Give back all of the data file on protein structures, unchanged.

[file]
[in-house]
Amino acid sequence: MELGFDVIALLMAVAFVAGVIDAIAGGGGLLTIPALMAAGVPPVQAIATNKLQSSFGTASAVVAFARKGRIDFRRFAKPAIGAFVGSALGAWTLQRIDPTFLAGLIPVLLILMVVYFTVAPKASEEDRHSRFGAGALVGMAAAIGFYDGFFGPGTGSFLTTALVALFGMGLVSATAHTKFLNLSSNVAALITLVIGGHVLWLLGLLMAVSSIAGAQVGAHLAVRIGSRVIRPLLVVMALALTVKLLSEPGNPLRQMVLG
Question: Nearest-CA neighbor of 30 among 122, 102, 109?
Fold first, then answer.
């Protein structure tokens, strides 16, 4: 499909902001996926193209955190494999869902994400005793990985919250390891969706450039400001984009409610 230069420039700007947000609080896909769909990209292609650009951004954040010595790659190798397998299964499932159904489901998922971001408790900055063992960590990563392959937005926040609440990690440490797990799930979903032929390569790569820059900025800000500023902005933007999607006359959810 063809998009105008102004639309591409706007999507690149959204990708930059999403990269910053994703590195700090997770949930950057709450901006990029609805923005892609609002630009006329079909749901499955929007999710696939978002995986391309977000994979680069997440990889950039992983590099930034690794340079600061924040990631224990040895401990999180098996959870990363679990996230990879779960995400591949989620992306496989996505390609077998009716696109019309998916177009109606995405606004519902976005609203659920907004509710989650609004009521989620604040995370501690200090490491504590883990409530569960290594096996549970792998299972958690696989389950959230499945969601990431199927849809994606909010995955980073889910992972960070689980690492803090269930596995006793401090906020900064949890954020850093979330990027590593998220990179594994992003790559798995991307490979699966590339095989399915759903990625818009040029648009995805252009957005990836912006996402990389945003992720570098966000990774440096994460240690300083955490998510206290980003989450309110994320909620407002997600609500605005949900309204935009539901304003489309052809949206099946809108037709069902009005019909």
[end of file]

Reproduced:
[in-house]
Amino acid sequence: MELGFDVIALLMAVAFVAGVIDAIAGGGGLLTIPALMAAGVPPVQAIATNKLQSSFGTASAVVAFARKGRIDFRRFAKPAIGAFVGSALGAWTLQRIDPTFLAGLIPVLLILMVVYFTVAPKASEEDRHSRFGAGALVGMAAAIGFYDGFFGPGTGSFLTTALVALFGMGLVSATAHTKFLNLSSNVAALITLVIGGHVLWLLGLLMAVSSIAGAQVGAHLAVRIGSRVIRPLLVVMALALTVKLLSEPGNPLRQMVLG
Question: Nearest-CA neighbor of 30 among 122, 102, 109?
Fold first, then answer.
């Protein structure tokens, strides 16, 4: 499909902001996926193209955190494999869902994400005793990985919250390891969706450039400001984009409610 230069420039700007947000609080896909769909990209292609650009951004954040010595790659190798397998299964499932159904489901998922971001408790900055063992960590990563392959937005926040609440990690440490797990799930979903032929390569790569820059900025800000500023902005933007999607006359959810 063809998009105008102004639309591409706007999507690149959204990708930059999403990269910053994703590195700090997770949930950057709450901006990029609805923005892609609002630009006329079909749901499955929007999710696939978002995986391309977000994979680069997440990889950039992983590099930034690794340079600061924040990631224990040895401990999180098996959870990363679990996230990879779960995400591949989620992306496989996505390609077998009716696109019309998916177009109606995405606004519902976005609203659920907004509710989650609004009521989620604040995370501690200090490491504590883990409530569960290594096996549970792998299972958690696989389950959230499945969601990431199927849809994606909010995955980073889910992972960070689980690492803090269930596995006793401090906020900064949890954020850093979330990027590593998220990179594994992003790559798995991307490979699966590339095989399915759903990625818009040029648009995805252009957005990836912006996402990389945003992720570098966000990774440096994460240690300083955490998510206290980003989450309110994320909620407002997600609500605005949900309204935009539901304003489309052809949206099946809108037709069902009005019909």